I need to come up with a way to mount my phone like I see Troy doing in some of his videos. However, last night, I went through some old sound files and pulled out a clip of one of my improvised solo licks from a recent recording. It features a tremolo picked phrase and it is performed with me using the wrong “blunt corner” of the pick.

I feel like my right hand speed is OK, maybe at least average, but my big problem is my left hand is so accustomed to slower, blues-based phrases, that it doesn’t follow the right hand.

My biggest issue seems to be hand synchronization. If I can train my left hand to change a finger position after each and every pick strike, I might be able to play one of YJM’s offerings.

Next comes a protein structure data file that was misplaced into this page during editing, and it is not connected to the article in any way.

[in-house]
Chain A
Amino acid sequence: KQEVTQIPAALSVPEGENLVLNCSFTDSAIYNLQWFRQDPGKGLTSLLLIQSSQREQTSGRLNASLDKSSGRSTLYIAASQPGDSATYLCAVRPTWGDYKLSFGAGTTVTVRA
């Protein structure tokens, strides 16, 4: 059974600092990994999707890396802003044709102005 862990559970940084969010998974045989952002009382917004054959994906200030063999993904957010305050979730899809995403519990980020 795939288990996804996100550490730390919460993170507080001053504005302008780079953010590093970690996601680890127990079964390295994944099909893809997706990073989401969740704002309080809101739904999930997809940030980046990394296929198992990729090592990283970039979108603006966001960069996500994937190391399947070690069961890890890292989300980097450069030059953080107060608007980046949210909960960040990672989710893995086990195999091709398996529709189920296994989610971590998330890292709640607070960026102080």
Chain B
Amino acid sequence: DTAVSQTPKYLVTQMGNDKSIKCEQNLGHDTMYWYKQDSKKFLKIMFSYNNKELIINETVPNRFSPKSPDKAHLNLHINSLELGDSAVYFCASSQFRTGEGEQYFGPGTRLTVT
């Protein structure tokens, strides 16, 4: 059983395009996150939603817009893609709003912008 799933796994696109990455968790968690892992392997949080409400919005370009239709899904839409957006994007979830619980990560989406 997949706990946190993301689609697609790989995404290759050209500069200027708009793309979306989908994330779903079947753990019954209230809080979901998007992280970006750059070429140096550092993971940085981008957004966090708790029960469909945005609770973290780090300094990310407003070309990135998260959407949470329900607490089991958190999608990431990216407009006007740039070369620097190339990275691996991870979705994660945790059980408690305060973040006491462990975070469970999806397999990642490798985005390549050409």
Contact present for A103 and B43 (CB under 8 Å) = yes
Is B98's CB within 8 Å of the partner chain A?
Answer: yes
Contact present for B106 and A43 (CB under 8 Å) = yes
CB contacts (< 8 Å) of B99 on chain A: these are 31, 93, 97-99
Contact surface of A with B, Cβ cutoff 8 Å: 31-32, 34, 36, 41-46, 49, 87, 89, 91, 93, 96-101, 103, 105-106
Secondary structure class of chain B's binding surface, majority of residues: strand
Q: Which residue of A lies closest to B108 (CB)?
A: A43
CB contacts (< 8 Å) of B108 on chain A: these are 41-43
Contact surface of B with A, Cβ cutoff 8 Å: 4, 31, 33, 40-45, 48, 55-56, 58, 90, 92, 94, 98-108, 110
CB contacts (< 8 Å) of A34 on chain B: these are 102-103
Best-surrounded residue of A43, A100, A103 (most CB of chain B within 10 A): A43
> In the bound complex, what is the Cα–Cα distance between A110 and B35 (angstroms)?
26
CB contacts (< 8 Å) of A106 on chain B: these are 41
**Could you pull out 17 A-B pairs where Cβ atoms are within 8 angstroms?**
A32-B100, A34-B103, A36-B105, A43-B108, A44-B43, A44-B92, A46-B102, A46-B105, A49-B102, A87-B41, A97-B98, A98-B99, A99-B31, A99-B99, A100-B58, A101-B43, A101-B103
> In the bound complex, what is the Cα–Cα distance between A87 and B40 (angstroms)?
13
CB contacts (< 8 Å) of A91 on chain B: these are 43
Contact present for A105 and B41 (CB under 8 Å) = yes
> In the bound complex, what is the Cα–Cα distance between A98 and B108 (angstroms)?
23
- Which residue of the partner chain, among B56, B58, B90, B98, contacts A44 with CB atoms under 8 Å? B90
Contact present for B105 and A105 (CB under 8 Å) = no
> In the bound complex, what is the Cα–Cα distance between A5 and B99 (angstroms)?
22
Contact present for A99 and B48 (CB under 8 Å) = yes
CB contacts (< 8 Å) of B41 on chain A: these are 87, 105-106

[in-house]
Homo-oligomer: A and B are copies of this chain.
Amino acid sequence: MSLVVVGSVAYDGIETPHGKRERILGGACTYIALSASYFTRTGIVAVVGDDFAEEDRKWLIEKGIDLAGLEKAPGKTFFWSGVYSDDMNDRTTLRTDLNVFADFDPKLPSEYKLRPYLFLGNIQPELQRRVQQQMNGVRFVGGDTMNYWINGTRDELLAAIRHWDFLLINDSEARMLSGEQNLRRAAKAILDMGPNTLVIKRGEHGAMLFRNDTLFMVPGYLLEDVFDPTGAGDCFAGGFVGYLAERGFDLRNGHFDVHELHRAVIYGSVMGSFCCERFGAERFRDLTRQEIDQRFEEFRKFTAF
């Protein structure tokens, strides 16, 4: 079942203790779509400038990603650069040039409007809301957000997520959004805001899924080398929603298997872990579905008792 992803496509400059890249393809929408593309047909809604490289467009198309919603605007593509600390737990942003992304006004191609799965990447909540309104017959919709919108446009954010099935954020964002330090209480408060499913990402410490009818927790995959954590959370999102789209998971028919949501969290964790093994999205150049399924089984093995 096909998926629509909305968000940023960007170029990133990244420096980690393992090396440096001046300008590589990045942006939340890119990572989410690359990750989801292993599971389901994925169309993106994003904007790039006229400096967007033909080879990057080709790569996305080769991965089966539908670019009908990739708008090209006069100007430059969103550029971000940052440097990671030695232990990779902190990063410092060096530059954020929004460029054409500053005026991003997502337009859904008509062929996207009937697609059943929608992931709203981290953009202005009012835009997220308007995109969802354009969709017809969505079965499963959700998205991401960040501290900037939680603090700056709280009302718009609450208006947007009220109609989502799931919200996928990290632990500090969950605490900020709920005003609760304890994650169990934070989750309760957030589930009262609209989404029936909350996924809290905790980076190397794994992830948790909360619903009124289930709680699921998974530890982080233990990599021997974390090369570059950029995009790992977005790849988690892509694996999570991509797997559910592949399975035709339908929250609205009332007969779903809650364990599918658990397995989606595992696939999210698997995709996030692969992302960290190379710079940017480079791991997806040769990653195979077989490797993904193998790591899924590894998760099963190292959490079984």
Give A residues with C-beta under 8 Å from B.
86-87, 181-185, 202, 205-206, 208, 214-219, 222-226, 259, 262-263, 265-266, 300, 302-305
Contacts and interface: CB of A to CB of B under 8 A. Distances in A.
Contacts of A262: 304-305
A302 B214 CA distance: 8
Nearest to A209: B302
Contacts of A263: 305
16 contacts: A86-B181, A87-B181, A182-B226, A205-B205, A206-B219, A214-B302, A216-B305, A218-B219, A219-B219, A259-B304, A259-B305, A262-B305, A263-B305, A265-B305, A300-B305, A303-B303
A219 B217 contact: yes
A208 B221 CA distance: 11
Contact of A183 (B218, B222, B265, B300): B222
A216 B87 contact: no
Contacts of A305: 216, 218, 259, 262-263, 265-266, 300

Here’s the 8 second sound clip outtake featuring tremolo picking:

Von Herndon Improvised Solo Outtake - 8 Seconds

I’m not sure how to put a BPM on this, but I feel like even with my poorly learned (and now ingrained) blunt-edge picking technique, I’ve at least identified the left hand as my nemesis.

Thank you for your encouragement

1 Like

That’s some great tremolo picking from what I can hear! As long as the motion is escaping, it should be pretty good to go. But only a video will show that ofc.

So your primary focus should likely be on the fretting hand, or rather the synchronization between both hands. Any single-string repeating pattern should serve as a good workout for sync, for example Yngwie’s 12-9-11-12-11-9.

See if you can mentally focus on the first note only and let the rest fall into place. Kinda like 12-x-x-x-x-x, 12-x-x-x-x-x, 12-x-x-x-x-x… Something like 10-15 minutes per session and it should start getting better over something like a week or two, provided you’re staying mostly relaxed and on autopilot, instead of micromanaging the pattern. Personal mileage may vary.